Biodiversity Depends on Historical Plant and Animal Relationships
Some thirty million species now live on Earth, but their spatial distribution is highly uneven. Biologists since Darwin have been asking why. Now, scientists funded by the National Science Foundation (NSF), have discovered part of the answer: how plant and animal communities originally assembled is a predictor of future biodiversity and ecosystem productivity.
The experiment using microorganisms including the ciliates shown here indicates that historical events produce a remarkable variety of productivity-biodiversity relationships--a finding that would be difficult to reveal in natural ecosystems composed of large, slowly responding macroorganisms.
Photo Credit: Wilhelm Foissner, Andreas Zankl, University of Salzburg, Austria
"Despite its importance, species diversity has proven difficult to understand, in large part because multiple processes operating at various scales interact to influence diversity patterns," said biologist Tadashi Fukami of the University of Tennessee at Knoxville, lead author of a paper on the subject published in the July 24th issue of the journal Nature. "On evolutionary scales, species diversity is a result of speciation and extinction. But evolutionary processes are variable across space, interactive over time, and consequently, hard to identify. On ecological scales, diversity is a result of community assembly, how species join ecological communities over time."
Fukami and co-author Peter Morin of Rutgers University in New Jersey attempt to provide a novel ecological perspective from which to view diversity patterns. They argue that we can better understand diversity by considering how the history of community assembly interacts with other ecological variables to affect diversity.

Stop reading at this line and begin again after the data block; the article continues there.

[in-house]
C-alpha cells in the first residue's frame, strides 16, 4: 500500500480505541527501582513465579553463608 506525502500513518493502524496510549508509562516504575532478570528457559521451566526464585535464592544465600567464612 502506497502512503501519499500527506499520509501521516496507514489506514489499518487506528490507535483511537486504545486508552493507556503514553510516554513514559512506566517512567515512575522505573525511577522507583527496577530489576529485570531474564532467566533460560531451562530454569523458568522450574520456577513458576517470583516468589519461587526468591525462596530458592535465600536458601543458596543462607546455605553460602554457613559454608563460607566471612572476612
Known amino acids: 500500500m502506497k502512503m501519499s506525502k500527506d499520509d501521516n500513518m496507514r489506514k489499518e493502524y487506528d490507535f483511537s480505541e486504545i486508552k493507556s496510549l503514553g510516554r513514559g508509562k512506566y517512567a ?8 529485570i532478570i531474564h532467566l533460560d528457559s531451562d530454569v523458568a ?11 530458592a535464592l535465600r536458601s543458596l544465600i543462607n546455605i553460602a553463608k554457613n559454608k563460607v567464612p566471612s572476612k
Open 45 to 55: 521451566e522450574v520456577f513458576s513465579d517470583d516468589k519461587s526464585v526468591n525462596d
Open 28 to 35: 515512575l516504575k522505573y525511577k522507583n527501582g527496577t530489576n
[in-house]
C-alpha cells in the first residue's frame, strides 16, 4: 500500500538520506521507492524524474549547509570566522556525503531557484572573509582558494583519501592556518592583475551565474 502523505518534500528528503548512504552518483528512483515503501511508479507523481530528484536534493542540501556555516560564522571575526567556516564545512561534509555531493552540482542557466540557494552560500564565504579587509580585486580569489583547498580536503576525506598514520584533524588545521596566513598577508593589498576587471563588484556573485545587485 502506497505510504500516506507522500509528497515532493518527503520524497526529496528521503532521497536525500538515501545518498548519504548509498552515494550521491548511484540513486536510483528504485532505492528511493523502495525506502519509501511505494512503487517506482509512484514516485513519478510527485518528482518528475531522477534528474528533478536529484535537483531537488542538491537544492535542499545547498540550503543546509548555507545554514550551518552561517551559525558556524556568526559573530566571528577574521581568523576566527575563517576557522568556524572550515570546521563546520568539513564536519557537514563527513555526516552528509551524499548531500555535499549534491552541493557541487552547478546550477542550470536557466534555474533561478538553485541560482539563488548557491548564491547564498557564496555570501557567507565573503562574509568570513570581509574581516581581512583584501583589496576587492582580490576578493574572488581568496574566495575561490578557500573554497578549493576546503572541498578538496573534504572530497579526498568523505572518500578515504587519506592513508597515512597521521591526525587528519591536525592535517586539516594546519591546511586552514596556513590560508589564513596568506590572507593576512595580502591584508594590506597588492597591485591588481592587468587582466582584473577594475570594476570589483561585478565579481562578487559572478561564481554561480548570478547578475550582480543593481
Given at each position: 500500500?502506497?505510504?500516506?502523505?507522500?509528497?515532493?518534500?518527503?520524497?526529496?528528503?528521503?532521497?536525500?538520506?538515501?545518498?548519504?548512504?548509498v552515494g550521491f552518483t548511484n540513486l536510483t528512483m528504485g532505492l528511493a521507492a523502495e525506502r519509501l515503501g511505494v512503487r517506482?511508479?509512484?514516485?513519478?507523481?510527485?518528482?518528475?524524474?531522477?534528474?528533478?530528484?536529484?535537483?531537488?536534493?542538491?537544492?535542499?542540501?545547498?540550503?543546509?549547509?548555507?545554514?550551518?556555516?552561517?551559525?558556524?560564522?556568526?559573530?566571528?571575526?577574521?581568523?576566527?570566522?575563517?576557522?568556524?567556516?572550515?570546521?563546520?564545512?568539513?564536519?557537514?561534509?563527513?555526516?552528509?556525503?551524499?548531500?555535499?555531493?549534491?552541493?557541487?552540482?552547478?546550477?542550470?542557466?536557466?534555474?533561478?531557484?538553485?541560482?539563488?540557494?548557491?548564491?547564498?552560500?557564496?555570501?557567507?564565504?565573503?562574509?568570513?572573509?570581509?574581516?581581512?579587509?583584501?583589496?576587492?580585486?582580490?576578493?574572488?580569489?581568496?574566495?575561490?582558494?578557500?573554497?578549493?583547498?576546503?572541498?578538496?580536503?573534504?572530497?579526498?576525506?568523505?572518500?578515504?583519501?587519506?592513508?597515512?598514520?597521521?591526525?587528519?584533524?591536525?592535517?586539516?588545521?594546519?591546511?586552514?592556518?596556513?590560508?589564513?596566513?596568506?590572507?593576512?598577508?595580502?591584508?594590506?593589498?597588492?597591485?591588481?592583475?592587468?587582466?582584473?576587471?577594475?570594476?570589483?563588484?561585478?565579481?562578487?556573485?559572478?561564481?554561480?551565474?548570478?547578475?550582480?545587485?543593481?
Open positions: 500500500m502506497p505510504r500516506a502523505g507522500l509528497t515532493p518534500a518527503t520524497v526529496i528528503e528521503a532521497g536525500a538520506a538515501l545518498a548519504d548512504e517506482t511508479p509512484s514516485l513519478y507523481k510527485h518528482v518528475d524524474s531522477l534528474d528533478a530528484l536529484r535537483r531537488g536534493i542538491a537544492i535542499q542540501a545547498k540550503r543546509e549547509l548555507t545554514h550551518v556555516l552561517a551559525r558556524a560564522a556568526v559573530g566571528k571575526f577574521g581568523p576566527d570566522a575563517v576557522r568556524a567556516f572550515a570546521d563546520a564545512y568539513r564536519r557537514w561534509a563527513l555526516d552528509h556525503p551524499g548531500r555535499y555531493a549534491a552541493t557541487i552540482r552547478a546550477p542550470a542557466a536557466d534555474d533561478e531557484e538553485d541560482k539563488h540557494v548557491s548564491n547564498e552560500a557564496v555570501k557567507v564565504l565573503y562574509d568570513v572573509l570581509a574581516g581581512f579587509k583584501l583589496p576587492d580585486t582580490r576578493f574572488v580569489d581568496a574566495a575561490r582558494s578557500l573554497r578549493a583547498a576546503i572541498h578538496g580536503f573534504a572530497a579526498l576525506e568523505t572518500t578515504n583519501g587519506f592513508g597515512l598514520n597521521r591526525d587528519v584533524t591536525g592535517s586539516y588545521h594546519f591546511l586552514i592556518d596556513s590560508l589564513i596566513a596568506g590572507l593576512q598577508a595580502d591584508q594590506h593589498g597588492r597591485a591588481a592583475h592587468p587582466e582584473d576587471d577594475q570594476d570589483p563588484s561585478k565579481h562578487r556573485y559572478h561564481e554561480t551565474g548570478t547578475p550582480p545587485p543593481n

Their paper addresses a topic of central importance in ecology, specifically the cause of different relationships between productivity and biodiversity observed in natural ecosystems. Ecologists define productivity broadly as the amount of energy available for ecosystem development in a given location. In this experiment, productivity was manipulated by changing the nutrient concentration of growth medium in ecological communities of microorganisms housed in a laboratory.
"Fukami and Morins study adds an important, new piece to the ecological puzzle that relates ecosystem productivity to species diversity," said Saran Twombly, program director in NSFs division of environmental biology. "The sequence of species used to create a community has a large effect on the productivity-diversity relationship. This novel result contributes substantially to our understanding of community ecology."
We know that the relationship between productivity and biodiversity takes various forms in nature, presenting a difficult challenge in understanding biodiversity patterns, said Fukami. "Using a rigorous experimental approach, we show in this paper that productivity-biodiversity relationships depend critically on the history of community assembly, in particular on the specific sequence of species arrival from a regional pool of colonists." The results argue that community assembly processes must be considered along with resource use, disturbance, and other factors that determine the ultimate form of productivity-diversity relationships. A key point is that these fundamental patterns are unlikely to have a single common explanation. Although this study was not based on a particular ecosystem, the study shows that historical effects are possible and may explain patterns observed in ecosystems.
These findings will be of broad interest to ecologists, environmental scientists, ecological economists, and others interested in the causes of biodiversity patterns, Fukami believes. "Scientific understanding of how biodiversity responds to productivity is important to the conservation and management of natural ecosystems that are experiencing nutrient enrichment by human activities [such as increased input of phosphorus and nitrogen into lakes, ponds, and estuaries]," said Fukami.
Cheryl Dybas | National Science Foundation
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